About

Steve Ganey

Steve Ganey

  • Senior Director
  • Lands and Ocean,
  • The Pew Charitable Trusts
  • Oregon

Profile

Steve Ganey oversees Pew’s work in regional marine and fisheries conservation. He directs projects to encourage the sustainable management of ocean fisheries, prevent the destruction of aquatic habitat, and encourage an ecosystem-based approach to fisheries management and specific large marine ecosystems.

Ganey has more than a decade of experience in marine fisheries policy, research and advocacy. He headed the Regional Marine Conservation Project, for which he provided strategic direction and oversight for a variety of U.S. marine preservation advocacy projects; was a senior staff member for the Pew Oceans Commission; and served as a fisheries conservation specialist and campaign manager for the Alaska Marine Conservation Council.

Ganey holds a bachelor’s degree in sociology-anthropology from Ripon College and a master’s degree in environmental studies from Evergreen State College.

Recent Work

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  • Land Conservation Advocates to Be Honored at Wilderness 50th Anniversary Gala

    WASHINGTON—On Sept. 17, 2014, five champions of the modern wilderness movement will be recognized for their contributions to protecting the finest U.S. public lands at a gala dinner celebrating the 50th anniversary of the Wilderness Act. The Honorable Sally Jewell, Counselor to the President John Podesta, and Outdoor Afro CEO Rue Mapp will deliver remarks. Historian and author Douglas... Read More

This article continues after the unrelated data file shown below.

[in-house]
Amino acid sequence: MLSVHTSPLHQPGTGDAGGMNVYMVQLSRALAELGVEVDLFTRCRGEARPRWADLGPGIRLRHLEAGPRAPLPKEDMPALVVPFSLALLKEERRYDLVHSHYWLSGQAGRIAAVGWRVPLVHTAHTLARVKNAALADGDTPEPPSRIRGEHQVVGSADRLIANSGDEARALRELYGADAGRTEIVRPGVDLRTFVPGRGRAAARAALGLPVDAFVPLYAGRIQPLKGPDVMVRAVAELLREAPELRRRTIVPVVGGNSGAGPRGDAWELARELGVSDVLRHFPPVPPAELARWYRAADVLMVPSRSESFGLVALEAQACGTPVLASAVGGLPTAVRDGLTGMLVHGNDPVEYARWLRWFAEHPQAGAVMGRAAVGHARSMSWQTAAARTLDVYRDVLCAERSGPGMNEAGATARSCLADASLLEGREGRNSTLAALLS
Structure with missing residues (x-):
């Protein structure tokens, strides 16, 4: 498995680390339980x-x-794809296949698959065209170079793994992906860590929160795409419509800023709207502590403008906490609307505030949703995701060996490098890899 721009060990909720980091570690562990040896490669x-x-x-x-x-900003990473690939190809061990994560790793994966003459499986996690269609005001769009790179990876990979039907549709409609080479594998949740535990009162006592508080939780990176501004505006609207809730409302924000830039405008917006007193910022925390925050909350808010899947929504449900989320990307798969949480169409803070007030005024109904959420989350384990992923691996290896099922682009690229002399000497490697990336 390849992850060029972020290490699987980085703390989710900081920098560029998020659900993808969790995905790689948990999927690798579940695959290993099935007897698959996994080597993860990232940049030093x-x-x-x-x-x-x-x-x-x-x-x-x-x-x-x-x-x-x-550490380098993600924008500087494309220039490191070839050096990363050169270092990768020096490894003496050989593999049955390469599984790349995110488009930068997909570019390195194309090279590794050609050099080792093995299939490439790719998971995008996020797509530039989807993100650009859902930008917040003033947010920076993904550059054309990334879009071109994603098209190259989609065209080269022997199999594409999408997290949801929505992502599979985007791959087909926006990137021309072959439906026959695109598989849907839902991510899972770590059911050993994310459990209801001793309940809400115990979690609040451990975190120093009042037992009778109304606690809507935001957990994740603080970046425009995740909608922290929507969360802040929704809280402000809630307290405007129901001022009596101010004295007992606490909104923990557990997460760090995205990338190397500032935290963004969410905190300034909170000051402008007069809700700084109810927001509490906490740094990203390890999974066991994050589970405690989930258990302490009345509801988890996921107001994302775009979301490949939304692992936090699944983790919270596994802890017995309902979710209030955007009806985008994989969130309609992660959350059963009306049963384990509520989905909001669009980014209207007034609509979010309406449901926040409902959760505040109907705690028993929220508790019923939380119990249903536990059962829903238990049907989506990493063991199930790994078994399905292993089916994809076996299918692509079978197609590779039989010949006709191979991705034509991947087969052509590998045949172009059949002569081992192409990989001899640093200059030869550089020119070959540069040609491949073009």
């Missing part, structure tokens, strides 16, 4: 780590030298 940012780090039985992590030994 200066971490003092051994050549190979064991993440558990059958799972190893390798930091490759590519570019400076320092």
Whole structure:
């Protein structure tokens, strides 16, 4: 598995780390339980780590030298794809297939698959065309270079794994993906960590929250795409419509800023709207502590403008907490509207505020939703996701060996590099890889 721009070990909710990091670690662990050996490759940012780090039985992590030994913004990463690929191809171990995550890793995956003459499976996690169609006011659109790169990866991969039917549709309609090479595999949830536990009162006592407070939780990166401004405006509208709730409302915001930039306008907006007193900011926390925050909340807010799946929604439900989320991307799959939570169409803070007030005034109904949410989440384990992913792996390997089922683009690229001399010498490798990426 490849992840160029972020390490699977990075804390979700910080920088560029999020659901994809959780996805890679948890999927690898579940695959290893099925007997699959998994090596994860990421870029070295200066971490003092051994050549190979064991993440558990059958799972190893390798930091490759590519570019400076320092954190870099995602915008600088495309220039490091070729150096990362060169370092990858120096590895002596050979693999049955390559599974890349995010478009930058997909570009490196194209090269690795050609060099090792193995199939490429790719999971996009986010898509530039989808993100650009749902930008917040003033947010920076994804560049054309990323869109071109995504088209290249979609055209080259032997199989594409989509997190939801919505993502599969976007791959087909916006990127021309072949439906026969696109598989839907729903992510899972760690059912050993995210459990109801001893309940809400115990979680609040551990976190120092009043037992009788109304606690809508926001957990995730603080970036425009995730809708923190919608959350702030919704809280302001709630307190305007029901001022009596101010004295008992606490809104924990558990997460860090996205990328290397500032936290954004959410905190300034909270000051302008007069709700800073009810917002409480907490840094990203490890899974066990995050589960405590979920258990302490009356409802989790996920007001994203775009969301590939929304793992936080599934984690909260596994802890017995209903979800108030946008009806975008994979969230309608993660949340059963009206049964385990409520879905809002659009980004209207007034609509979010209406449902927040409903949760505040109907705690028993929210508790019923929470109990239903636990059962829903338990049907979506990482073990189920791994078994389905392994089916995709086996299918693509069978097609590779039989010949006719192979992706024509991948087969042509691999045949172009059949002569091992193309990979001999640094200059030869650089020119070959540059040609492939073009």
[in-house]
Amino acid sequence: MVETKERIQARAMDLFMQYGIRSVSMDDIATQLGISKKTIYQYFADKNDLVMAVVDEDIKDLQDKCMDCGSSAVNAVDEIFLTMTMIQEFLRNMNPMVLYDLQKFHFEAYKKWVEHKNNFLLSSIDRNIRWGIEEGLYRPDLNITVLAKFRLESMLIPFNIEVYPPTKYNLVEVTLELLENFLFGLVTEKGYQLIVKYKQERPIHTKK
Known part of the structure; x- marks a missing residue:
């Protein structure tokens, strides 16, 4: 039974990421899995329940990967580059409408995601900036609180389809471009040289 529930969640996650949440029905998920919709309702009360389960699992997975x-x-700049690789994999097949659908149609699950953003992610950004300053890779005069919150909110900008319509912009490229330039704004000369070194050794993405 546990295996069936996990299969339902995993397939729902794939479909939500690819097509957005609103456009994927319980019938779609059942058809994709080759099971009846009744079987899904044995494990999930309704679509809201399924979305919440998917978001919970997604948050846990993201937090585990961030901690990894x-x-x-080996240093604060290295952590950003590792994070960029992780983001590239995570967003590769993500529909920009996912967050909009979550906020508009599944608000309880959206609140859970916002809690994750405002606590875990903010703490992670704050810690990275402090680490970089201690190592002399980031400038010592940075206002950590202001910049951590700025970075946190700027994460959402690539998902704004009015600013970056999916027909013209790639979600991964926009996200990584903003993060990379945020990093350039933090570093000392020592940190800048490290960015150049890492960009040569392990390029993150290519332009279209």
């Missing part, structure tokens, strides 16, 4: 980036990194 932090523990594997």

• The Bottom Line

    Lee Crockett's “Overfishing 101” blog provided an authoritative primer on federal fisheries policy. It also spotlighted historic milestones and celebrated success stories. His new series, “The Bottom Line,” will continue to explore fisheries management issues, while taking on other related subjects to provide a more in-depth look at the issues facing our ocean... Read More

  • Manhattan’s Marine Mammals Make a Meal of Menhaden

    New York might not be the first place you’d think of for a nature experience, but wildlife lovers there are thrilling to the sight of whales and dolphins within view of the city’s skyline. And the resurgence of these magnificent animals is partly due to the humble fish called menhaden. Read More

Media Contact

Justin Kenney

Senior Director, Communications

202.540.6537